3. Set rules and put them in writing. You can post the rules next to the computer and/or make it a contract between you and your child, don’t forget to mention the consequences if the rules are broken. These rules should include the amount of time spent on the computer, the specific time they are allowed on the computer, and what the permission is when they are at a friend’s house.

4. Use the parental controls on the computer and block out sites and key words you do not want your children viewing.

5. Keep the computer located in a central area of the house, someplace where you can observe what your child is doing.

6. Make sure the computer is accessible only with a password; make sure the children do not know the password.

7. Be interactive; use the computer with your child.

8. Be a parent; check the history and view the pages your child has viewed. If your child has broken the contract, carry through with the discipline; do not turn a blind eye.

9. Discuss your rules with the parent’s of your children’s friends.

For more information regarding this issue, cyberbullying, and other internet/technology issues, I highly suggest visiting Netsmartz.

~A Soothsayer

Thursday, June 4, 2009

Woman Plays with Danger Picking up Hitchhikers

Dear Soothsayer,
I am 28 years old and have been dating my boyfriend “Josh” for nearly three years. Within the past year I have started picking up hitchhikers. Josh hates that I do this. I do this whether he is with me or not. He’s told me how he feels many times, but now he says that if I don’t stop doing it, he’s calling it quits on our relationship.

I love Josh, but I feel that hitchhikers are lost and need guidance. I feel it is my Christian duty to help save them and lead them towards a better life. Josh doesn’t understand that I’m trying to help them, that I want to save their souls. I don’t understand why he won’t let me follow the calling I believe God has intended for me. I don’t want to lose Josh, but how can he ask me to turn my back on God? What should I do?

Here to Help in Maryland

Dear Here to Help,
You should listen to Josh. What you are doing is extremely dangerous. You should never pick up a hitchhiker. Josh is not asking you to turn your back on your “calling,” he is telling you that he cares about you and does not want to see you harmed. I don’t know how many you have picked up, but consider yourself lucky that nothing has happened to you.

When it comes to souls, only the owner of the soul can choose to change it. Also, remember that some souls cannot be changed and others do not want to change. You could be raped, beaten, kidnapped, tortured, or murdered; you are risking your life and your future. That being said, the desire to help others and to make the world a better place is a good desire; however, there are many other and much safer options you can choose to help people.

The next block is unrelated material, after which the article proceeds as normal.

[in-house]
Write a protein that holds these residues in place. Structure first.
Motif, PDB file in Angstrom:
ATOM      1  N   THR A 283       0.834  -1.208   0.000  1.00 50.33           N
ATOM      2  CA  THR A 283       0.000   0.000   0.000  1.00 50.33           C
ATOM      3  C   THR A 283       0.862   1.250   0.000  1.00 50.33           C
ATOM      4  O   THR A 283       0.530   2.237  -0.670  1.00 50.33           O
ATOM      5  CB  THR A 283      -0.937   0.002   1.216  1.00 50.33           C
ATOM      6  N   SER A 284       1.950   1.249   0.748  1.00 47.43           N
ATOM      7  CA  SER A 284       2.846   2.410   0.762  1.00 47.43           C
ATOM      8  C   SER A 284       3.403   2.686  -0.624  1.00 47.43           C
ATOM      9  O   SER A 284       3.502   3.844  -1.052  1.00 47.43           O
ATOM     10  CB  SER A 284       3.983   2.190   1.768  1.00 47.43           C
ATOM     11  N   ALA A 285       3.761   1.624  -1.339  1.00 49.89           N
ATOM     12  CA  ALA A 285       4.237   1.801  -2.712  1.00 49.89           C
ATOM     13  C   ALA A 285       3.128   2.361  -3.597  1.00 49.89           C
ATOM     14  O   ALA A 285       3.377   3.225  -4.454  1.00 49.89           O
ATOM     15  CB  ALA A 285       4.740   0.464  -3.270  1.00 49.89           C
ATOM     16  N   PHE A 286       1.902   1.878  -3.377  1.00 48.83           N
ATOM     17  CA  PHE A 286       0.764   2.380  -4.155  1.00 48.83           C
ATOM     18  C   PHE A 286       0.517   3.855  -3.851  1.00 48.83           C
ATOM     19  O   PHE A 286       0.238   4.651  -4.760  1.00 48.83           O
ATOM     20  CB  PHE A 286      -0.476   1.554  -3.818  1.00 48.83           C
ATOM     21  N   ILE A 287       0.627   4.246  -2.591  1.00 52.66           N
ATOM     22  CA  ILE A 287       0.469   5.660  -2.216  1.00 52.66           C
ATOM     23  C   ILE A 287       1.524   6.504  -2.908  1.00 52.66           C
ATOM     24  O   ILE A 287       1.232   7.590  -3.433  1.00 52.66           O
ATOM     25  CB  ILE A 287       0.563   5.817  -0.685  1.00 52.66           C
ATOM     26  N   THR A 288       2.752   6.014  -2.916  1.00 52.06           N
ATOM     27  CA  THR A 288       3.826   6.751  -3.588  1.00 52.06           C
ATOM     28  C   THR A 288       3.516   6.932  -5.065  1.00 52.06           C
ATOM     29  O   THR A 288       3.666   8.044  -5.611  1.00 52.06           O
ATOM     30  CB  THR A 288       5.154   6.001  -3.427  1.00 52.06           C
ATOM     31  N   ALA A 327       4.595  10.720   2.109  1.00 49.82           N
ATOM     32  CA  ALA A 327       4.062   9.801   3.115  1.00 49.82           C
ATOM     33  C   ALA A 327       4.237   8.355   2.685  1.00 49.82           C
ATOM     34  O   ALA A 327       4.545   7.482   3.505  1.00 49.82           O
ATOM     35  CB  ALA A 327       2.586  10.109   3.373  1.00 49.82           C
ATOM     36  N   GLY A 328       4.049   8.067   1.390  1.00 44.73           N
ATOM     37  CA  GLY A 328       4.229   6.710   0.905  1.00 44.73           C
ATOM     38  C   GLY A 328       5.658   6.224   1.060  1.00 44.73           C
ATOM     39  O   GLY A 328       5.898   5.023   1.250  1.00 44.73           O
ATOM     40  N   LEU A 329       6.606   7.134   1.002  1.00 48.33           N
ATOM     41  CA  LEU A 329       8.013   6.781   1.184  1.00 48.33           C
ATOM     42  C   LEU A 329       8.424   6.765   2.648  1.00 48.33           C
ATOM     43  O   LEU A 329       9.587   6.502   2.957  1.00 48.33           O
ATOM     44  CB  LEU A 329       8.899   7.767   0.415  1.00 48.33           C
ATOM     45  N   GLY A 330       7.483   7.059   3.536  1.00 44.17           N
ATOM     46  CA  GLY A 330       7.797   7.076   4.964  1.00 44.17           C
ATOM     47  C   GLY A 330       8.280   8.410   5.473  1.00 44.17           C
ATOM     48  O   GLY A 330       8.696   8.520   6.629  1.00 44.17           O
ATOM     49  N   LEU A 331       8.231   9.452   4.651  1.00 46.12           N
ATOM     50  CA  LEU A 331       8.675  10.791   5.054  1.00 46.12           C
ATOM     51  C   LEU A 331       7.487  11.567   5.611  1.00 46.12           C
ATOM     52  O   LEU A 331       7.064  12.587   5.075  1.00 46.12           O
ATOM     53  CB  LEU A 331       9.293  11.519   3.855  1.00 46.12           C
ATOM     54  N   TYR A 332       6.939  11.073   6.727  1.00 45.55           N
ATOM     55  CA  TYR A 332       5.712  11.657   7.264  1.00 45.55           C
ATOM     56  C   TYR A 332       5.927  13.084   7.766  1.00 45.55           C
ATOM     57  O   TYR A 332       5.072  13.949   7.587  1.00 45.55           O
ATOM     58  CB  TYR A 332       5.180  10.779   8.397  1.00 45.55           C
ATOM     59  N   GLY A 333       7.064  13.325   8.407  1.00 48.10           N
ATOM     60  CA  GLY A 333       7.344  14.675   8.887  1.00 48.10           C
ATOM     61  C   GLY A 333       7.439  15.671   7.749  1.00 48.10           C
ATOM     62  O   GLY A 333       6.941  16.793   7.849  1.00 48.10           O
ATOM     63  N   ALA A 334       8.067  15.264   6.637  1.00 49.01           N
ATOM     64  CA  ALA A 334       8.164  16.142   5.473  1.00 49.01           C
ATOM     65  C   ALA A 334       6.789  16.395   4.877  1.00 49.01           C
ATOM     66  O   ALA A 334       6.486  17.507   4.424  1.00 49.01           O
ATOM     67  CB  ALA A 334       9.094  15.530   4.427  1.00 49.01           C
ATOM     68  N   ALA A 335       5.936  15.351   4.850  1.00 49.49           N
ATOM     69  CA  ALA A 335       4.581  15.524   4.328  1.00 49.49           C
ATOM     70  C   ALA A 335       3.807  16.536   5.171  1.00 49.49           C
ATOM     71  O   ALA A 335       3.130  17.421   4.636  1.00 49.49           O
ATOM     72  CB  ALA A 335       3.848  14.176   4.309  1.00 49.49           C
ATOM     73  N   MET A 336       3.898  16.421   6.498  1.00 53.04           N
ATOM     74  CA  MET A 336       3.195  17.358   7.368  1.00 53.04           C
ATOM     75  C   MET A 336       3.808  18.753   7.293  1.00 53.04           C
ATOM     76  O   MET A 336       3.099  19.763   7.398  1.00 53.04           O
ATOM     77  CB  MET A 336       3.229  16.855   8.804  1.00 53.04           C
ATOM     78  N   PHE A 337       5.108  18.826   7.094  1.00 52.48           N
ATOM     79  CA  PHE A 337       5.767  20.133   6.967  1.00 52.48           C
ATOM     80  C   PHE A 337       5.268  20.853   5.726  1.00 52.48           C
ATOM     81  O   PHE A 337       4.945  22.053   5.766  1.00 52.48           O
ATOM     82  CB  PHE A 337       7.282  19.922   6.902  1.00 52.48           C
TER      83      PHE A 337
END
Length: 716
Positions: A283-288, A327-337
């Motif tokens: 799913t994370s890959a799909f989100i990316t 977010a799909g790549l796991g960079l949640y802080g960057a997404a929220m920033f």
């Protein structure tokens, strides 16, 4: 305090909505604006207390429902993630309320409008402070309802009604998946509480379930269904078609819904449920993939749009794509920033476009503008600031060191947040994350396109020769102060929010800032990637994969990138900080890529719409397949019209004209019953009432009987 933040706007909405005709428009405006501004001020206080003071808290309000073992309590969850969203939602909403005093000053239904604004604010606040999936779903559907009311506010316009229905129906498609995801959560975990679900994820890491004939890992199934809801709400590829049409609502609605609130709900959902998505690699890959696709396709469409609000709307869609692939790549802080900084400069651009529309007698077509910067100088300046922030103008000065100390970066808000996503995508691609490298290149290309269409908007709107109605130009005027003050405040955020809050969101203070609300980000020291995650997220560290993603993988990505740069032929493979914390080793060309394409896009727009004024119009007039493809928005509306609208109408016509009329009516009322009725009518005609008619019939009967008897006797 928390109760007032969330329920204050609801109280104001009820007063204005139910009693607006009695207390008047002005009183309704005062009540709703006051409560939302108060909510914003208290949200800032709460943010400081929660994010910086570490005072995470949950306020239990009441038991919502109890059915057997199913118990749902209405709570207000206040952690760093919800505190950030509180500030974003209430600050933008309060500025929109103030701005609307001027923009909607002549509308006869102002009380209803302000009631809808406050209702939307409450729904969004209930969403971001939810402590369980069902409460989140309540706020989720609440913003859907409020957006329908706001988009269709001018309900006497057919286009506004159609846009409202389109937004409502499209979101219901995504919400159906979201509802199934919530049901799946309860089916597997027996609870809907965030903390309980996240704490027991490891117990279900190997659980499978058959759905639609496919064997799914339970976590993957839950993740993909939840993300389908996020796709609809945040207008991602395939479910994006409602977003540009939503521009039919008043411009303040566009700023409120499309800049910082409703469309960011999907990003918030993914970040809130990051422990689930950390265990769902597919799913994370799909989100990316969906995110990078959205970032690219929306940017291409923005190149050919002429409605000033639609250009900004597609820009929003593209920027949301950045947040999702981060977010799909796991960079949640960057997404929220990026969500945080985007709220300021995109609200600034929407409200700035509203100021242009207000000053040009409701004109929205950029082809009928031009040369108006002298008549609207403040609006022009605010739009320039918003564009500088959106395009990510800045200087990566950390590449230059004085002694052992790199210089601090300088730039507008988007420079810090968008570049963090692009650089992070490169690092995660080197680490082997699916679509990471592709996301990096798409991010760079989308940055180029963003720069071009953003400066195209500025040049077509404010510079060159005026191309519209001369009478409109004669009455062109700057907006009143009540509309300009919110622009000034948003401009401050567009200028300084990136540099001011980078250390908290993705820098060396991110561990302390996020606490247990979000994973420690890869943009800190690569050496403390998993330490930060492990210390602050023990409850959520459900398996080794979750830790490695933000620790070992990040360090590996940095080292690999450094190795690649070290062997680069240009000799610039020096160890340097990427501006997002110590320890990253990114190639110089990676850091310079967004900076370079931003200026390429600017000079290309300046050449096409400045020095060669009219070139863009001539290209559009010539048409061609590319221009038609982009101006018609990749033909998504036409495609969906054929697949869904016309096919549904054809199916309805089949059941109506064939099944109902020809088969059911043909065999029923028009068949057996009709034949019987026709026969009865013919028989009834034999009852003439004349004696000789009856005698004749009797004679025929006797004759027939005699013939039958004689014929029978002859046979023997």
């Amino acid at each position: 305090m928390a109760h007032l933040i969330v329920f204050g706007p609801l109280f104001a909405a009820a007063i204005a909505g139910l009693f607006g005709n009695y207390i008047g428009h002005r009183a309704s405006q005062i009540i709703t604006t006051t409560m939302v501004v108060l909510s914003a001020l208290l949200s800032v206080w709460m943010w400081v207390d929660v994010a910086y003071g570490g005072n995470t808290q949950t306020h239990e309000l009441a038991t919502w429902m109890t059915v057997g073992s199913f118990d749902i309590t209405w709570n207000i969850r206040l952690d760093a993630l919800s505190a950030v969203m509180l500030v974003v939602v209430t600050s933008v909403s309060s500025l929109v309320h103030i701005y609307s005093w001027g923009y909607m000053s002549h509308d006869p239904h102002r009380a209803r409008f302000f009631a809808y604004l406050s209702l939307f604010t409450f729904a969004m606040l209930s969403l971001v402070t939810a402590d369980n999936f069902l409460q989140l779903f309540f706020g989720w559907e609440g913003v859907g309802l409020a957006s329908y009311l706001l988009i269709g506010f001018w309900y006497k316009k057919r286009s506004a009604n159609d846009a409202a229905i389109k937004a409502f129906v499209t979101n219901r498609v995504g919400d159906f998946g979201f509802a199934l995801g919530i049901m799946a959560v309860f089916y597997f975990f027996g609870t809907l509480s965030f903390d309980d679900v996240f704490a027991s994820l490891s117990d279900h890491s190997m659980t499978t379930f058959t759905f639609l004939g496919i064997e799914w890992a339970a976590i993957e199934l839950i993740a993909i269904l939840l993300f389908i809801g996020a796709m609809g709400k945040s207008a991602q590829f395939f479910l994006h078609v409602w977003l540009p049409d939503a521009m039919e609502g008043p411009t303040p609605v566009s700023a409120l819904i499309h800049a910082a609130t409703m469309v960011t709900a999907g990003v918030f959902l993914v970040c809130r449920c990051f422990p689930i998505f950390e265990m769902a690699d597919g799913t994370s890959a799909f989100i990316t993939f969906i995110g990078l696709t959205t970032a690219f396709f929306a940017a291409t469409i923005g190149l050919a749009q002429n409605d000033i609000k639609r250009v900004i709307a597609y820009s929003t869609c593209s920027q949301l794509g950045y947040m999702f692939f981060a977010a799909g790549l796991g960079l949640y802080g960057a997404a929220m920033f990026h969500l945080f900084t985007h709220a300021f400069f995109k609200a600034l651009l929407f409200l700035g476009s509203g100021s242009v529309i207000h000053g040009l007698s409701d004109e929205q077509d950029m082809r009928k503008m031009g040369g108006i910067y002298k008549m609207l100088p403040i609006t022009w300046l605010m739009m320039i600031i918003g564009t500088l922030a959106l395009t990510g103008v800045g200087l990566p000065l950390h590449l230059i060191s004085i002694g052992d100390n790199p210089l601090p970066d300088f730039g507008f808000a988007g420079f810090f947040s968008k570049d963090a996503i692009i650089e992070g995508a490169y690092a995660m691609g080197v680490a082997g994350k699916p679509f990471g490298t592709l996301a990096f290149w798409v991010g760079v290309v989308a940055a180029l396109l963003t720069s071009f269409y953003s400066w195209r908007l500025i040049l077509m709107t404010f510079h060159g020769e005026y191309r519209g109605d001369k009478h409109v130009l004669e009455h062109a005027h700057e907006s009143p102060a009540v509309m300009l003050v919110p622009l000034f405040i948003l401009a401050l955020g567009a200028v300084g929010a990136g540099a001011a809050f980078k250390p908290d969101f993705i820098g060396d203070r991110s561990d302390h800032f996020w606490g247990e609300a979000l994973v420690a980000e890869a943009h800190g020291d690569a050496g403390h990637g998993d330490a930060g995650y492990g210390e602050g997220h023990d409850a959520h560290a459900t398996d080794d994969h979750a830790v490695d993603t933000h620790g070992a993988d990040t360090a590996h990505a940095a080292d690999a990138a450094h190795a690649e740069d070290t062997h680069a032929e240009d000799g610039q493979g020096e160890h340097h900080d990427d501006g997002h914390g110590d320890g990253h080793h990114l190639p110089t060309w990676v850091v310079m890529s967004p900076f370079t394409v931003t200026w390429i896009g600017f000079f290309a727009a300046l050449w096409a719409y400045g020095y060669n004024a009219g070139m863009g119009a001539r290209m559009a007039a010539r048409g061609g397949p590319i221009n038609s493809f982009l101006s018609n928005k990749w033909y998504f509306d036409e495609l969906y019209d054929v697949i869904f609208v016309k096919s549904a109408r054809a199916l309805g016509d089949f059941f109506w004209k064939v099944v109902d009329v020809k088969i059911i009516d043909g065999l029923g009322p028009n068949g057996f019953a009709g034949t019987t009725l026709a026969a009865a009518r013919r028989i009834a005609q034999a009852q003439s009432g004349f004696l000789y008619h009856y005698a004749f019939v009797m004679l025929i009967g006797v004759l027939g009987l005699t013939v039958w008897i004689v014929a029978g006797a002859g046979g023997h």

I’m sure your church offers opportunities to help others, ask how you can help. There are also organizations such as Habitat for Humanity, Boys and Girls Club, Big Brothers Big Sisters, and homeless shelters that are always looking for volunteers. Talk to Josh about your desire to help, look into organizations in your community and perhaps you and Josh can volunteer together. But definitely do not pick up anymore hitchhikers.

Stay Safe
~A Soothsayer

Tuesday, June 2, 2009

Teenager Sees Trouble Before it Starts

Dear Soothsayer,
I am 14 and in my first real relationship. My boyfriend is 15 and we started dating around the end of the school year. About a week before school ended he started acting funny. We kinda live in a rural area and really only get to see each other at school. We both work our parent’s farms in the summer and will only get to see each other on occasion over the summer. He started getting really demanding. He would be annoyed and angry with me if I spent part of our lunch break talking to my best friend or catching up on homework. He’s started calling our house a lot, my dad is threatening to call his parents. Before school I would meet him in the cafeteria, but he started waiting outside for my bus and leading me to a place where it was just us. He’s started telling me how much he’s going to miss me, how much he loves me, how he doesn’t know what he’ll do since we’ll only see each other maybe once a week over the break and he gets red if the thought of us breaking up crosses his mind.

We aren’t even half way through with our first week of break and he’s called me at least 10 times a day and emails me all the time. I’m supposed to meet him this Friday for a movie, but I only get one night in town and I’d rather see some of my friends, but I know he’ll be hurt and I don’t want to upset him. I’m honestly getting a little scared. What should I do? I haven’t told anyone about this, how can I get him to relax?

Missing My Friends in Farm Town, USA

Dear Missing My Friends,
The first thing you should do is confide in your parents. If you find talking to them about this difficult, please print out your letter and my response and show it to them. Your boyfriend is displaying some red flags. Some of the warning signs of an abuser are: jealousy, quick involvement, and isolation. You can read more about this here and here. I can’t say it enough, talk to your parents, immediately.

By all means rejoin your friends. Though you didn’t mention it, I’m sure they are concerned with your sudden disappearance. Confide in them as well, they can be a great source of support; however, they do not replace your parents, so talk to them first.

Please write me again after you have spoken to your parents, I am concerned for your well being and happiness.

Good luck,
~A Soothsayer